DUP conference cheered Boris Johnson in Titanic-themed speech on Brexit
In an address last November, the future prime minister warned against making Northern Ireland follow rules from Brussels.
Boris Johnson received a rousing reception at the DUP conference when he vowed not to create any new economic borders in the Irish Sea.
Mr Johnson invoked Belfast’s most famous ship as he warned of the consequences of letting Brussels set rules for Northern Ireland.
“The Titanic springs to mind and now is the time to point out the iceberg ahead,” he said last November.
Lambasting the border backstop contained in Theresa May’s withdrawal deal, the former foreign secretary made clear fresh regulatory and customs checks in the Irish Sea would not happen on his watch.
Mr Johnson insisted such a system would leave Northern Ireland as an “economic semi-colony of the EU”.
“I have to tell you no British Conservative government could or should sign up to any such arrangement,” he said to cheers from the audience.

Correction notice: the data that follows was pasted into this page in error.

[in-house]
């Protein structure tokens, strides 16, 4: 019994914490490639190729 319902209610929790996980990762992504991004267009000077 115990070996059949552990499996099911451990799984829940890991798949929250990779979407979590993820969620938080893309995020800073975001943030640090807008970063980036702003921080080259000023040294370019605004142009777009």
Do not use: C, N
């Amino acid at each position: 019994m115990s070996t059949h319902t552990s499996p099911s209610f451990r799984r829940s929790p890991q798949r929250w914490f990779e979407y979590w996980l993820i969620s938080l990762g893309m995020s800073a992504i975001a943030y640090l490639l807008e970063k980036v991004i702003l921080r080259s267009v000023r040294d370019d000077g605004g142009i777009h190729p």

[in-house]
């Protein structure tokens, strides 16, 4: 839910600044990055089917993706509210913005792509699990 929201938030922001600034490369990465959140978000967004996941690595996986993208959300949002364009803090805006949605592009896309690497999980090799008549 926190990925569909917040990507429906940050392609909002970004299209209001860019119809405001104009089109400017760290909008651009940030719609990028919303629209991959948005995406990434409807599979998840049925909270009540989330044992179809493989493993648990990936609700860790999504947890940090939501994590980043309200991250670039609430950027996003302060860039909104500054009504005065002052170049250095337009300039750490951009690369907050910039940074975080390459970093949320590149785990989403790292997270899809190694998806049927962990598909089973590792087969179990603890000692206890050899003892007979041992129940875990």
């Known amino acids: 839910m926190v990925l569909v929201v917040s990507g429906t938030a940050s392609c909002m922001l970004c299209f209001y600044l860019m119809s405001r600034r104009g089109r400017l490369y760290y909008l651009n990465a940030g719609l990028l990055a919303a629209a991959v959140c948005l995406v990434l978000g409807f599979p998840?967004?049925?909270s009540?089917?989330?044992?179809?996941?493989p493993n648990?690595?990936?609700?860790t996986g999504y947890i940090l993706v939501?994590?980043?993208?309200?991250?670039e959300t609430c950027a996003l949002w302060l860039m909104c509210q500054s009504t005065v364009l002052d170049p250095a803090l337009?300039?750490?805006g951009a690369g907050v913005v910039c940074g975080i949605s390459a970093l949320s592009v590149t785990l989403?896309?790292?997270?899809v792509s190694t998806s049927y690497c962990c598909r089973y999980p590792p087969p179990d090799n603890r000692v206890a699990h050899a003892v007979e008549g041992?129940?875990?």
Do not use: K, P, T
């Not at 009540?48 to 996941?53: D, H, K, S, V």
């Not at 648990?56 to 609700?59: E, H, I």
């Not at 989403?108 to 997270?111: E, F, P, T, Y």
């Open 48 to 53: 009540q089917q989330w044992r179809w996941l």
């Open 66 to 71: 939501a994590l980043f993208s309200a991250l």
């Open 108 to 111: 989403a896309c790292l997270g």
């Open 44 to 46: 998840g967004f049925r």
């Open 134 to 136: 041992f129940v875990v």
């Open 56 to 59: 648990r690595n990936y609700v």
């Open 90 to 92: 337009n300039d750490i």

DUP delegates may well have been reflecting on that speech 11 months on as the Prime Minister signed off on a “very good deal” with the EU that will see Northern Ireland follow single market regulations on goods and act as a point of entry for the customs union.
Railing against the backstop provision for Northern Ireland to align with EU rules on goods last year, Mr Johnson told the audience at the Crown Plaza hotel in Belfast that Mrs May’s deal would create of a new hybrid nation called Ukni.
“If you read the withdrawal agreement you can see that we are witnessing the birth of a new country called Ukni,” he said.
“This is how Brussels sees it. Ukni is no longer exclusively ruled by London or Stormont.
“Ukni is in large part to be ruled by Brussels.
“And Ukni will have to accept large swathes of EU regulations now and in the future.
“On a whole range of Brussels policy making, lawnmower noise, on the labelling of sardines, on the use of chocolate coins and tokens that may be deemed to resemble a euro.
“I kid you not, check it out.
“And on the use of personal recreational watercraft.
“And, of course, nowhere has a more illustrious history than Northern Ireland when it comes to the creation of recreational watercraft.
“The Titanic springs to mind, and now is the time to point out the iceberg ahead.”
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